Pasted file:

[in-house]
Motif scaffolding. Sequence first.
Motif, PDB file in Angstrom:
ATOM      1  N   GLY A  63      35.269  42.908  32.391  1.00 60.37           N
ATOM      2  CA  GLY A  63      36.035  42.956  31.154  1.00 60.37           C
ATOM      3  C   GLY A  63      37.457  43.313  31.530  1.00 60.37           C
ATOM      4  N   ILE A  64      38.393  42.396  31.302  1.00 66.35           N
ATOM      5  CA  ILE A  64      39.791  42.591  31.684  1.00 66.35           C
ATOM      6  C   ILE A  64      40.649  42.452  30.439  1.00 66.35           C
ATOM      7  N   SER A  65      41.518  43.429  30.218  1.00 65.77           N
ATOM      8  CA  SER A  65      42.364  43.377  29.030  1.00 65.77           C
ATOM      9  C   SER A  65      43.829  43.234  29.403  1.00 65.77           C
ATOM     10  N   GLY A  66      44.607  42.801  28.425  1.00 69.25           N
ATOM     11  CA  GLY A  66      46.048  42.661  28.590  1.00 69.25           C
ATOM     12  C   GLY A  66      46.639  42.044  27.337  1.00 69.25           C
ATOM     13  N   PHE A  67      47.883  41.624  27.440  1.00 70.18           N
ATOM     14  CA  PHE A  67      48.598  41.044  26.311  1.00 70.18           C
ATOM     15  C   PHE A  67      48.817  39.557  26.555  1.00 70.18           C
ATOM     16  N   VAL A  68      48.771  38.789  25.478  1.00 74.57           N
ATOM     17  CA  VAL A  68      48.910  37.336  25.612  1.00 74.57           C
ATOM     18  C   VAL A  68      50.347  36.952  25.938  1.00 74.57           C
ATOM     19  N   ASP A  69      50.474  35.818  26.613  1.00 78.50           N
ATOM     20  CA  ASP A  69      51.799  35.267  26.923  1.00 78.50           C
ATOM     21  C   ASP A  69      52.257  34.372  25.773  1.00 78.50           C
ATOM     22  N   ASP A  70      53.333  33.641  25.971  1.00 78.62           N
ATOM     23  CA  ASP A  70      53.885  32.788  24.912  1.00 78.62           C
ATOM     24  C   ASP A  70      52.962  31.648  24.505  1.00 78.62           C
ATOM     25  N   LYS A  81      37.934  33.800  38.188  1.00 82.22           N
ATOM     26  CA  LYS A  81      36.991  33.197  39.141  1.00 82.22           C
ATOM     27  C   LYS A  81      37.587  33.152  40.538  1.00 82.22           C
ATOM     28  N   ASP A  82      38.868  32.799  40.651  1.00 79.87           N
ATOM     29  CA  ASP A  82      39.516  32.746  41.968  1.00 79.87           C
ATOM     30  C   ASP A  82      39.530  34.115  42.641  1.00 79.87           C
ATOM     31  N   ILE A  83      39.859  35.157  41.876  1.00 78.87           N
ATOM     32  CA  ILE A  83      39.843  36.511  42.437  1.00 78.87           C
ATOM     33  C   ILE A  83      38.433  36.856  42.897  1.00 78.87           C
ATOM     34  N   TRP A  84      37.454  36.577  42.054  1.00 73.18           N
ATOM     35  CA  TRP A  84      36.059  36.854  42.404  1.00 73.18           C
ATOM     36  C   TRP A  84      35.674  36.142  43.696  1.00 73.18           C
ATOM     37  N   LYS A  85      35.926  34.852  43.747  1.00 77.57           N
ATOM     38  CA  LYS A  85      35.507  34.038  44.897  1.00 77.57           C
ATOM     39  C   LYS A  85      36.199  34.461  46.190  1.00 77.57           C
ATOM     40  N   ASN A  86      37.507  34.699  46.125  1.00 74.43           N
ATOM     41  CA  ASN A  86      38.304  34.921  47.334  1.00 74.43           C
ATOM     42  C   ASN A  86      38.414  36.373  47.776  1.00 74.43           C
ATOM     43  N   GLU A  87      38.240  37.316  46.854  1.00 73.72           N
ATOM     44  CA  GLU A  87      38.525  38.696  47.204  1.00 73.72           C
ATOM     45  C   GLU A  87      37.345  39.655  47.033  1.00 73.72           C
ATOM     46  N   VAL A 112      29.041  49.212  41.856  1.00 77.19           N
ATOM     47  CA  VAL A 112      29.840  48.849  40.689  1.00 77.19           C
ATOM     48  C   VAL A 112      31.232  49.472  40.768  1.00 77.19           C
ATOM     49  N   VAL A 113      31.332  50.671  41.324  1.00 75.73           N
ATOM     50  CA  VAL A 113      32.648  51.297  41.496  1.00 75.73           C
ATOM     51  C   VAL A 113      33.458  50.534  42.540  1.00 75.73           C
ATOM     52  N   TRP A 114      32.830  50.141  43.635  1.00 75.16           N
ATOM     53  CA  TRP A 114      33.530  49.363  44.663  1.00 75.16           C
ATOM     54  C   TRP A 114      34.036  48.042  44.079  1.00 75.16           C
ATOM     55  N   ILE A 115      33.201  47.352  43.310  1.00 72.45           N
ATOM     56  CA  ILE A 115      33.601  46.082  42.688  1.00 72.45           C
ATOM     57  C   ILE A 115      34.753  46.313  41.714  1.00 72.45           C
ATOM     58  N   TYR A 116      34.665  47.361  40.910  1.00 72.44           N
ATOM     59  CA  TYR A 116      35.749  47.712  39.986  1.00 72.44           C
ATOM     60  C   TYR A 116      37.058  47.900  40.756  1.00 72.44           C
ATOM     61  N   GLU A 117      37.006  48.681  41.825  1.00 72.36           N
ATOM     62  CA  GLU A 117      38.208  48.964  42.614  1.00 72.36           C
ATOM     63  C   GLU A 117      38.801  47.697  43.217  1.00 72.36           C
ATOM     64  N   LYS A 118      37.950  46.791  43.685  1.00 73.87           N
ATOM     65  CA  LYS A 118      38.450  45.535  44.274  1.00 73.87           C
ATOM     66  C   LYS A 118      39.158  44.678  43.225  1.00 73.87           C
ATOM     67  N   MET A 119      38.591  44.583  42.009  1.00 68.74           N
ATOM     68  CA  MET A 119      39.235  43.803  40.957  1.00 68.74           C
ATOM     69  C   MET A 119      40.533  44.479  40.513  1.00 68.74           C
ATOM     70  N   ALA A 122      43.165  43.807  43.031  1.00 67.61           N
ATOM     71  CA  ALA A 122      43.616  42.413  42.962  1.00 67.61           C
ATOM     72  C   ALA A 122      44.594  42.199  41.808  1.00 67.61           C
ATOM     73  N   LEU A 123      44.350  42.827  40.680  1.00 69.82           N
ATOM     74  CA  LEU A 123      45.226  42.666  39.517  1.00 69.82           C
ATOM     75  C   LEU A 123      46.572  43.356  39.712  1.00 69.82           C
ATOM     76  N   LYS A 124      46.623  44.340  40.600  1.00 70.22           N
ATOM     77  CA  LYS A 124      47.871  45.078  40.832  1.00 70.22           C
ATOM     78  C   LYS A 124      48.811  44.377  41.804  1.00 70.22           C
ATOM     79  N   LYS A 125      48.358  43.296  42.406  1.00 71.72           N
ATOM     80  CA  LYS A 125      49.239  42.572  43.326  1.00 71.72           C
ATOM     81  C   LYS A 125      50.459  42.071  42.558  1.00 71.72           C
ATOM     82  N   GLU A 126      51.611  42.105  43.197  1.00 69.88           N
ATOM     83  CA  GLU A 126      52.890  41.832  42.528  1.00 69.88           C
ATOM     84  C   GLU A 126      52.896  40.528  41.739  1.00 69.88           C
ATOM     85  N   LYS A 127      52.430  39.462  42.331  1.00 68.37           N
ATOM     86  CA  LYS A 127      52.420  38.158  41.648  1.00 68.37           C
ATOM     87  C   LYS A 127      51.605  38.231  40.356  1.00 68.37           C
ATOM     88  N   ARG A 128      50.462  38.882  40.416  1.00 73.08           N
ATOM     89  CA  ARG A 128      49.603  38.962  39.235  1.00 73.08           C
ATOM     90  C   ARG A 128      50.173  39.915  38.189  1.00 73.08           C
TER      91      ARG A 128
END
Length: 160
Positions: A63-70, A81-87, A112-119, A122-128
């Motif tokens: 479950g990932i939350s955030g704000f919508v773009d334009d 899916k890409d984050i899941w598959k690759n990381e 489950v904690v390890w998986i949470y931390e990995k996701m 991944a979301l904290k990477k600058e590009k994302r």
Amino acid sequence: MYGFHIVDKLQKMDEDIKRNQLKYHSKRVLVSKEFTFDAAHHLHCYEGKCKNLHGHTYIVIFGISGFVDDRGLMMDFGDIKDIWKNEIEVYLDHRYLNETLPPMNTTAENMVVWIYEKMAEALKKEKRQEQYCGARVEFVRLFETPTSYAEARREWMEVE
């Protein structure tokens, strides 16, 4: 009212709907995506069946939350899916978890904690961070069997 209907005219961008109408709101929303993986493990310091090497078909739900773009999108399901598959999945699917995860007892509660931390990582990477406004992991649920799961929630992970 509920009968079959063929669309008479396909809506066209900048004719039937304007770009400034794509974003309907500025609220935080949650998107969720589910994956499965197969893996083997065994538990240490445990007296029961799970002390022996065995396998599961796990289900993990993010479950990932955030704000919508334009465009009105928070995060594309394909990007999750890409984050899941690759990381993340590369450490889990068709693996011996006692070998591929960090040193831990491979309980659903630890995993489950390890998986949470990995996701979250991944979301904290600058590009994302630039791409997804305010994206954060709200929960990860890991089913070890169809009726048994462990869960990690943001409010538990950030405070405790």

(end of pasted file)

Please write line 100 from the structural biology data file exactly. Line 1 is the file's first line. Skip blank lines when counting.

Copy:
């Protein structure tokens, strides 16, 4: 009212709907995506069946939350899916978890904690961070069997 209907005219961008109408709101929303993986493990310091090497078909739900773009999108399901598959999945699917995860007892509660931390990582990477406004992991649920799961929630992970 509920009968079959063929669309008479396909809506066209900048004719039937304007770009400034794509974003309907500025609220935080949650998107969720589910994956499965197969893996083997065994538990240490445990007296029961799970002390022996065995396998599961796990289900993990993010479950990932955030704000919508334009465009009105928070995060594309394909990007999750890409984050899941690759990381993340590369450490889990068709693996011996006692070998591929960090040193831990491979309980659903630890995993489950390890998986949470990995996701979250991944979301904290600058590009994302630039791409997804305010994206954060709200929960990860890991089913070890169809009726048994462990869960990690943001409010538990950030405070405790």